Settling with an employee who has filed a discrimination lawsuit? If the EEOC gets involved, it can continue the case on its own—and may be able to get a court to order you to take corrective measures that go far beyond your settlement terms.
That’s one good reason to conduct your own thorough investigation before you settle with the employee. That way, if the agency wants to continue on with the case, you will be prepared.
Recent case: Bethany Brandstatter, a sales representative for Novartis, quit when she received a review. Before then, she had complained to HR that her supervisor was making sexual comments to her and other female employees.
HR promptly investigated the allegations and found them to be valid. It warned the supervisor that any further comments might mean his termination. HR warned him not to retaliate against Brandstatter for complaining.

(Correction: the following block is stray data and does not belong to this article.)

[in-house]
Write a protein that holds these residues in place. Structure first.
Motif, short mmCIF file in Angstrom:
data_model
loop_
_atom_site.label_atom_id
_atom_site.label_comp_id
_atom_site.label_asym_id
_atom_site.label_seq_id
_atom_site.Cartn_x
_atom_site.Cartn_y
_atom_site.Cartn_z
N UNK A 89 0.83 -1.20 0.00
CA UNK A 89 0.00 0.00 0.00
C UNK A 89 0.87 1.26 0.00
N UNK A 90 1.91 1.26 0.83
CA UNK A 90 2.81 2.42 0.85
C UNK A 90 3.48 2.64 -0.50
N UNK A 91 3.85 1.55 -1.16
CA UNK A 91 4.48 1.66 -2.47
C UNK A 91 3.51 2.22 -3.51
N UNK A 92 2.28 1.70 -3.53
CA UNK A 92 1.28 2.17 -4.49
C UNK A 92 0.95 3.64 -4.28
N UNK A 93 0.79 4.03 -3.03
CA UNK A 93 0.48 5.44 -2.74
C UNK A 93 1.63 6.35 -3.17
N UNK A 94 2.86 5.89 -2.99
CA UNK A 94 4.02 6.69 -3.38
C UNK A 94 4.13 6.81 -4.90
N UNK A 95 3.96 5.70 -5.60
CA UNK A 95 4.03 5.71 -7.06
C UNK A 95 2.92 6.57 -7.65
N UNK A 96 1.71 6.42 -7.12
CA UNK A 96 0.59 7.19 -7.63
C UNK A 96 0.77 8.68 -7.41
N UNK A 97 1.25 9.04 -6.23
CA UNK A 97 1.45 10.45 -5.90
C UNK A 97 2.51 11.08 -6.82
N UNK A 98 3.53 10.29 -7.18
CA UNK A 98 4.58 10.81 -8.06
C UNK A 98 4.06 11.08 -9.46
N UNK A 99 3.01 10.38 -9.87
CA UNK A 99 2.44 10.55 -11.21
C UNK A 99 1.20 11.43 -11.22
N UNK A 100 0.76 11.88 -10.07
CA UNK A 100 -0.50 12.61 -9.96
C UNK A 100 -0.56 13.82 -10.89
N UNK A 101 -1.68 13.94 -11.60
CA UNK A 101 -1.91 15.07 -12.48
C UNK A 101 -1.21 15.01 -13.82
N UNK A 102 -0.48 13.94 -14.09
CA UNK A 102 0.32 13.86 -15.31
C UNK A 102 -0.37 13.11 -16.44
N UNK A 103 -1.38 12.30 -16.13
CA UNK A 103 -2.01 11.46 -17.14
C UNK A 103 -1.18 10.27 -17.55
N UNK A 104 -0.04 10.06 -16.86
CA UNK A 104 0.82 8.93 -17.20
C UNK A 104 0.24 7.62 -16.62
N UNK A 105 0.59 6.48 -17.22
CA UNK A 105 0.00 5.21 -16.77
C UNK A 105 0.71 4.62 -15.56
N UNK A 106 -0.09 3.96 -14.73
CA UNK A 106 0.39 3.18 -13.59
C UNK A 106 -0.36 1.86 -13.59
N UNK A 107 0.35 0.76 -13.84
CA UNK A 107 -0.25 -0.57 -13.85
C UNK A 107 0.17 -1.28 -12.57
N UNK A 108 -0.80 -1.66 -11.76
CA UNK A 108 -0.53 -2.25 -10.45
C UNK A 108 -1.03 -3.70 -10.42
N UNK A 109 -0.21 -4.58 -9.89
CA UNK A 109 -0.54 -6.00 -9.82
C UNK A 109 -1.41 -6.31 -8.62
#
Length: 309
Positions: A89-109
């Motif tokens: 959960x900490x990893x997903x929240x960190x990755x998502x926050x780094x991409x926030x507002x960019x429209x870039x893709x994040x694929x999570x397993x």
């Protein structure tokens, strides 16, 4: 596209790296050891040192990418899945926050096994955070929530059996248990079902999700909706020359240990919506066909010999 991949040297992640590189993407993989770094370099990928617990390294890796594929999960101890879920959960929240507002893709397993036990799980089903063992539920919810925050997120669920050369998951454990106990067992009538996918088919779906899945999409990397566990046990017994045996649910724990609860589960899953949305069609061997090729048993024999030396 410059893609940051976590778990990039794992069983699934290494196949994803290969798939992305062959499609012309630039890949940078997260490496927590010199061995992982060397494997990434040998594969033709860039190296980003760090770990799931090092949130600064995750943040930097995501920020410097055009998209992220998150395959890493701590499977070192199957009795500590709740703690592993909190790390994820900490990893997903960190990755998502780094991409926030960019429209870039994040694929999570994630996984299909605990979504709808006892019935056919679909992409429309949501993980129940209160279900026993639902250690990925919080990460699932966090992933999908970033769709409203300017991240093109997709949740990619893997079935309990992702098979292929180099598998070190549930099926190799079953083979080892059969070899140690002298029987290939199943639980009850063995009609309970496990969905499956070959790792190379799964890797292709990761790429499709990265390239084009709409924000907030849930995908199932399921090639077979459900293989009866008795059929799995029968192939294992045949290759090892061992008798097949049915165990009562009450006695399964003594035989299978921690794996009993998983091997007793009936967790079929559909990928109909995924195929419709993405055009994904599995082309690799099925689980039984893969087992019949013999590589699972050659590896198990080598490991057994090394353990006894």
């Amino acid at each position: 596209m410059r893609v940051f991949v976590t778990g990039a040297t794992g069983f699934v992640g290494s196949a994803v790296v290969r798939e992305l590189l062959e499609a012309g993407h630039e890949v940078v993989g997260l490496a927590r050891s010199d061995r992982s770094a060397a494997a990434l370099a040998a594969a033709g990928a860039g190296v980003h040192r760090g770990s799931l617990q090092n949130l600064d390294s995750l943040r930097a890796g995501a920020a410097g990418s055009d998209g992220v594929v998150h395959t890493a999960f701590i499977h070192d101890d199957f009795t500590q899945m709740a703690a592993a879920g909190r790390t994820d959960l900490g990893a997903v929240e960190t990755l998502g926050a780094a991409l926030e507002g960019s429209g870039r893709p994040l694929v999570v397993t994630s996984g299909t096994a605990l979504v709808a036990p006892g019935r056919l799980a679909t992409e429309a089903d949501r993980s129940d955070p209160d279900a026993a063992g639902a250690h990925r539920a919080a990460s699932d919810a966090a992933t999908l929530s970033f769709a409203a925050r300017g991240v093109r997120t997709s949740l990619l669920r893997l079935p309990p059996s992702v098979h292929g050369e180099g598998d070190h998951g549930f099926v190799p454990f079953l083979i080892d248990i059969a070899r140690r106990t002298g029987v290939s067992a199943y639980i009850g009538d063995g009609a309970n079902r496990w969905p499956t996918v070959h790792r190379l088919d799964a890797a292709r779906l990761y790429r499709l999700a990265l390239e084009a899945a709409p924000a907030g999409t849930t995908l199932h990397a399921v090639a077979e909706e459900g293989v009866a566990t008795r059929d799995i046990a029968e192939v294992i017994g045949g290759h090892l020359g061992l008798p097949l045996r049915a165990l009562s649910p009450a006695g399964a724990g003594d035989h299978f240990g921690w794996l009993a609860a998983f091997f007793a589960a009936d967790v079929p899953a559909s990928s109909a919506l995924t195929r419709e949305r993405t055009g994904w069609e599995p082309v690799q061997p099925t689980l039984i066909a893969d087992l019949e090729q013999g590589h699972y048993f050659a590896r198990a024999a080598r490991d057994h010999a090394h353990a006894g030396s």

Brandstatter then claimed that the supervisor unfairly criticized her work. He, on the other hand, documented each deficiency for HR. For example, he noted that Brandstatter showed up late for meetings, failed to meet quotas and didn’t use proper sales techniques when she visited doctors’ offices.
When Brandstatter quit, she went to the EEOC, and the agency took up her case. Meanwhile, Brandstatter settled her case with Novartis.
But the EEOC asked the court to let it continue its case so it could get a court order forcing Novartis to stop any retaliation against other employees.
The court looked at the employer’s evidence and concluded that Brandstatter had not been retaliated against. It therefore said the EEOC could not continue with the lawsuit. (EEOC v. Novartis, No. 05-CV-0404, WD PA, 2008)
- What should we do? A contract refers to both 'termination for cause' and 'at-will' employment
- The curious case of the cubicle exorcism
- Hope arbitration can halt EEOC action? It won't
- Add credibility to investigation notes by having employees acknowledge their accuracy
- Racist talk toward others can add up to hostile environment